by Ray Hicks, President, CO2Meter.com
Welcome to the cold that only Chicago can offer along with the fine hotel and great restaurants. Irene and I arrived in Chicago the night before, then spent the next day walking the show floor. I made some notes as we walked and met with vendors. These are my impressions.
The 2015 AHR Trade show was not physically larger, but seemed better attended. It appears that compared to previous shows, the larger vendors put more money into their displays.
Most vendors I spoke to say the economy is back. They are realizing new orders and new interest stemming from pent-up customer demand. However, many companies still have a certain trepidation about making major financial commitments - particularly to new physical products. See my note about WIFI below.
This year, energy efficiency took a back seat to lowering maintenance costs and TCO as the reason to upgrade outdated systems. Yes, the upgrade will be more energy efficient, but that’s not the goal. Vendors were touting lower installation and maintenance costs as the big features. These are capital projects that are not just adding electronics, sensors and software logic, but include big hardware; boilers, pumps and motors.
WIFI: the promise and the reality
All the thermostat manufactures are chasing a Wi-Fi rabbit. The new residential thermostat (read NEST) is a home run, interacting with your cell phone or computer. However, WIFI applications continue to compete with existing technologies pushed by hardware manufacturers, home security companies, and even cable companies that are under extreme revenue pressure as more households cut the cable-TV profit link.
I continue to be baffled by the lack of hardware and data communication standards in the industry.
Consider credit cards. Visa and Mastercard are huge competitors, but they were still smart enough to agree on a single card size and data standard to build the industry. Can you imagine if every retail store had a different swiper for each kind of card? Imagine a self-serve gas pump with a row of slots, each for a different company’s credit or debit card. It would hurt everyone. Yet somehow the HVAC industry hasn’t gotten the message yet.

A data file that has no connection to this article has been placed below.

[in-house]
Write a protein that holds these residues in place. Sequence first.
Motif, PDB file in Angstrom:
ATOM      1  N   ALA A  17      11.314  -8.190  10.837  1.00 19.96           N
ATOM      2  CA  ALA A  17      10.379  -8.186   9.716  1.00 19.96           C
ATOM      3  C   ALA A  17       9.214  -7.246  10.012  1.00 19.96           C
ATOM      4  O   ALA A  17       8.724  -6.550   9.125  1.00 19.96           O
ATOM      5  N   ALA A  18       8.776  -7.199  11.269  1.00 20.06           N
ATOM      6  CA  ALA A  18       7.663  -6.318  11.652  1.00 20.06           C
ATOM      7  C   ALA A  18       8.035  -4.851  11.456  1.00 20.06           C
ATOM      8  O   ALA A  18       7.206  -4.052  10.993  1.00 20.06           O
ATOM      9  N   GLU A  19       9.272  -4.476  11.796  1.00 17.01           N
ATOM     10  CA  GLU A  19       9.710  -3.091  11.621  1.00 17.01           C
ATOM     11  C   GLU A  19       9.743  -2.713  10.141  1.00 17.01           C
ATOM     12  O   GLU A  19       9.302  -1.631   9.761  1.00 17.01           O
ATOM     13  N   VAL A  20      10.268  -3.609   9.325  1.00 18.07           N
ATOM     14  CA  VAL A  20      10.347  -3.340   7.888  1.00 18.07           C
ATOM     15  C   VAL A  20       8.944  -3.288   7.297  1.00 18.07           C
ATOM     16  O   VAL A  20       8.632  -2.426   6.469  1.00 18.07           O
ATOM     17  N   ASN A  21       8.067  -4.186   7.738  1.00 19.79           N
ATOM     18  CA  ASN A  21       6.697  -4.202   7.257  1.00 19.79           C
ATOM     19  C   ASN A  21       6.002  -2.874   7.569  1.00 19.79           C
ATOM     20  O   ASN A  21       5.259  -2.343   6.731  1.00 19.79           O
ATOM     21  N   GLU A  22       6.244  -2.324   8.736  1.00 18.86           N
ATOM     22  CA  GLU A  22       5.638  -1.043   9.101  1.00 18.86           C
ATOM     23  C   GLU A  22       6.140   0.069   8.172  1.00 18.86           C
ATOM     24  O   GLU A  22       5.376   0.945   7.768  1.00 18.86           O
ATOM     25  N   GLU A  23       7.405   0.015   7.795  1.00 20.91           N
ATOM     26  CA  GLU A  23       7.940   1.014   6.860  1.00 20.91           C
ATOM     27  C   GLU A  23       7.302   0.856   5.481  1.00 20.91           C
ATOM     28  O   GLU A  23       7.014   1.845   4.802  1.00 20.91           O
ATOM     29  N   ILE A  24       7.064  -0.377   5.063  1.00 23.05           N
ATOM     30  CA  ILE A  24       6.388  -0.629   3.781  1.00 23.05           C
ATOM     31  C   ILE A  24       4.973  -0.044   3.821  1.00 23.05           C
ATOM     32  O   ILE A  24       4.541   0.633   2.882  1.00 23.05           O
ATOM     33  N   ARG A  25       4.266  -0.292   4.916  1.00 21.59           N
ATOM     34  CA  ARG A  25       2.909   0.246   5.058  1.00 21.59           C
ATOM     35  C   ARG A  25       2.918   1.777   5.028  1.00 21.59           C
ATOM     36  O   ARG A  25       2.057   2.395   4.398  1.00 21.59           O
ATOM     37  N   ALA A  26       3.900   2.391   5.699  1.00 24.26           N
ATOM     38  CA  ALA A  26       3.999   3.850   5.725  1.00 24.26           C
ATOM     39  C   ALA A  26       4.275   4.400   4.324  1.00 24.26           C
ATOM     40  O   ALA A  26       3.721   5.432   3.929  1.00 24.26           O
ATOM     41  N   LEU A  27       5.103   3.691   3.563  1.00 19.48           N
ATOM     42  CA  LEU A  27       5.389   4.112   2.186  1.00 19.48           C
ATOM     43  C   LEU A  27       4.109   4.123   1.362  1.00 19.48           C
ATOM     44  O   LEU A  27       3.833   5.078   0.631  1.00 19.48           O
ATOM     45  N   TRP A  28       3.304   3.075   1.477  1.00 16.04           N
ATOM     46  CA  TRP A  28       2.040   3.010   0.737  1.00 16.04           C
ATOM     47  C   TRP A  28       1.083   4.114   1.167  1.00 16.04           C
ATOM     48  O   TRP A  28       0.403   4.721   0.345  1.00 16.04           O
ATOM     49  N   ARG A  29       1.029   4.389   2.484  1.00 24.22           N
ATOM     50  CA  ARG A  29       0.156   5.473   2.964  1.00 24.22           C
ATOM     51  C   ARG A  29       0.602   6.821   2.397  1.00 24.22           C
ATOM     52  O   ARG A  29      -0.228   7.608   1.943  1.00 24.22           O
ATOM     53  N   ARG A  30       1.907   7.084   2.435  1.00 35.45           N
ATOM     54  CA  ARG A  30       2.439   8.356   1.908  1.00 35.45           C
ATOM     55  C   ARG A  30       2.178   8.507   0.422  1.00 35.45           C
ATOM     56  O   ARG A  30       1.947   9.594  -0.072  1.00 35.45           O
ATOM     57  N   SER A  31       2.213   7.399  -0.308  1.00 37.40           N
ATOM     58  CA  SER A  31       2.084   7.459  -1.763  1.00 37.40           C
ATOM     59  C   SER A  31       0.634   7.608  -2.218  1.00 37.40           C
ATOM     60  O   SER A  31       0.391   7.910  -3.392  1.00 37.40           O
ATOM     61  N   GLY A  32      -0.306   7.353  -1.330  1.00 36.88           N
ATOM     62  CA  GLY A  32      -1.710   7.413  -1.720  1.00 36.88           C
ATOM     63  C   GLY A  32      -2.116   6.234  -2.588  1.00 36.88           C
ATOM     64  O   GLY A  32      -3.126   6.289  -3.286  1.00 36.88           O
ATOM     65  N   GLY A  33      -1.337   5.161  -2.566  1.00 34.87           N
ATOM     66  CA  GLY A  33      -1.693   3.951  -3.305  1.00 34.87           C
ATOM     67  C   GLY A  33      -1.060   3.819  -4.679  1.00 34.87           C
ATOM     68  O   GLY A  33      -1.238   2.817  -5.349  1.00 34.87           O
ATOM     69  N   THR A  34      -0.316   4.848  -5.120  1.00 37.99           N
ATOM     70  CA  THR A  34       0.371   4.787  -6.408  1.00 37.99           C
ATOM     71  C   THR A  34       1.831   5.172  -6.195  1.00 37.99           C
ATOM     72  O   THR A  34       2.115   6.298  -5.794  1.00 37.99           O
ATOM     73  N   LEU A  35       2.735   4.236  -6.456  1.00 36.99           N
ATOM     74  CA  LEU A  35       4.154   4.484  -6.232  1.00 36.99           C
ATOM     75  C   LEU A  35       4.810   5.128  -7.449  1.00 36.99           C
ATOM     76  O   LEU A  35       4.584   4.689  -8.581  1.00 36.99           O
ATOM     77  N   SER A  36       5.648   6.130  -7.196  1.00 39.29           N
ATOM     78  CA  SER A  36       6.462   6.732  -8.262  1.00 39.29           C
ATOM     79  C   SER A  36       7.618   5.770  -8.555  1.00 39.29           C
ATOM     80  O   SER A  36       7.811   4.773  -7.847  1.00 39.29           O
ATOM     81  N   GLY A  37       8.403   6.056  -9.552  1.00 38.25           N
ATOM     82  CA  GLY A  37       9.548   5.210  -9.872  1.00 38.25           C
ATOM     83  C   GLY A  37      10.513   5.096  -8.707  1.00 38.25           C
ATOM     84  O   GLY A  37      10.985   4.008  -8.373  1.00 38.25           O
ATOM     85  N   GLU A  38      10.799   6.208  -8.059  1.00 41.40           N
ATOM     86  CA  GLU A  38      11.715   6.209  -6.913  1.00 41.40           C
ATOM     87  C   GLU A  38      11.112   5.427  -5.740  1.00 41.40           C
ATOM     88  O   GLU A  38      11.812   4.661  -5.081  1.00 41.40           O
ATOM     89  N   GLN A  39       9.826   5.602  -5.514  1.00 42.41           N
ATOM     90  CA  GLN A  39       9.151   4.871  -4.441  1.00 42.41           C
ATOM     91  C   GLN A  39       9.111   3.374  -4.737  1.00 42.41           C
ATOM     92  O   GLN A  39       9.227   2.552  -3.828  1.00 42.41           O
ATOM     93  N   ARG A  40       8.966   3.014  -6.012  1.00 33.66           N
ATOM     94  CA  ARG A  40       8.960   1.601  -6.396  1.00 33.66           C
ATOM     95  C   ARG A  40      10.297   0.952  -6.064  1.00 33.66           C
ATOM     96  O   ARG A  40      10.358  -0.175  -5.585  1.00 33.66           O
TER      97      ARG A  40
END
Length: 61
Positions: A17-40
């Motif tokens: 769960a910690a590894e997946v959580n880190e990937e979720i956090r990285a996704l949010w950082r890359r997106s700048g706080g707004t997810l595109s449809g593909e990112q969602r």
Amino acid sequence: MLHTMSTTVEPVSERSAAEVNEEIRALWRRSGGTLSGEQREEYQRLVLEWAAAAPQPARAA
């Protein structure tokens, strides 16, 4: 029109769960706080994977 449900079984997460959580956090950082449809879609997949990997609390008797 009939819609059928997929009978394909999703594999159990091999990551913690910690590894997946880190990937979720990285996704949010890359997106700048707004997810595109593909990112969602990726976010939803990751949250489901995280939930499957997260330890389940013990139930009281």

All of these competing interests are choking any progress by adding confusion to the industry. In the meantime, manufacturers sap the last nickel out of their existing product lines and postpone capitalizing new products based on a standard.
This year’s AHR show convinced me the problem will get worse before it gets better. There were even more startups and evolving technologies than last year’s show, as evidenced by the new infrastructure and networking vendors in the software alley. I saw software-defined radios that allow multiple topologies to be processed by the same hardware. Add in the new antenna technology, and any capital investment into hardware radio seems to be a losing proposition.
The plan seems to be that the large vendors will allow the small ones to define the market parameters and methods, and once a clear path is seen, purchase or duplicate the asset. Intellectual property will not be a significant issue as most of the early fellows will be road kill.
The realization for the newcomer offering a thermostat with a radio attached is that to offer distributed control in a commercial or industrial setting, support for multiple networks is required. A cable router is not the solution. The first network crash will prove that out.
All that having been said, there were still a few products that caught my attention. For example, the SenseAir tSense we offer has a capacitive touch screen that is IKEA-easy to set up, measures CO2 and RH/T, communicates via RS485, 4-20mA, 0-10V, has relay outputs and has built-in data logging. All this in a very attractive enclosure. In my opinion, it is one of the best wired, wall-mounted transmitters on the market.
Of course, I might be a bit biased after the nice complements I received from the factory engineers. SenseAir in Sweden directs their customers to our CO2meter.com website for application notes and examples. They said that they have every confidence in our ability to support their customers quickly and accurately.
This is evidenced by the internal documentation made available to CO2meter for the tSense. It includes register maps, direct access to all the hardware features and the built-in ARM processor. It even has extra memory for programming and data storage. This is very controlled information - not because it secret, but to control the cost of support.
I also looked at SenseAir’s new S8 0-5% methane and propane specific sensors. It will allow us to further explore the combustible, bio-reduction and algae process markets, and matches well with the high concentration Winsense CH4/CO2 sensors we currently offer.
Gas Sensing Solutions
The new GSS MinIR CO2 sensor was on display. This NDIR sensor is only 20mm wide and consumes only 5mW, making it ideal for use in probe applications. It is available in 5, 20, 60 and100% concentration models. We will be offering this product on our website shortly.
In addition to the MinIR, GSS is working on CH4 measurement for 2015. We will be announcing these products as they become available on the market.
Björn Osterlund from PSIDAC has a new differential pressure sensor that is being used in the Netherlands and other locations for hospital isolation (Ebola) wards. We will have this pressure sensor on hand shortly for testing, and plan to offer this it in the future.
Tongdy displayed a new, rugged wall-mount transmitter that measures CO2, RH/T, VOC and dust in the ppm range, with the ability to select different particle sizes. In addition, it will have built-in WIFI, ZigBee, 900 MHZ and more communication options via a software definable radio. We will have product in March, so stay tuned!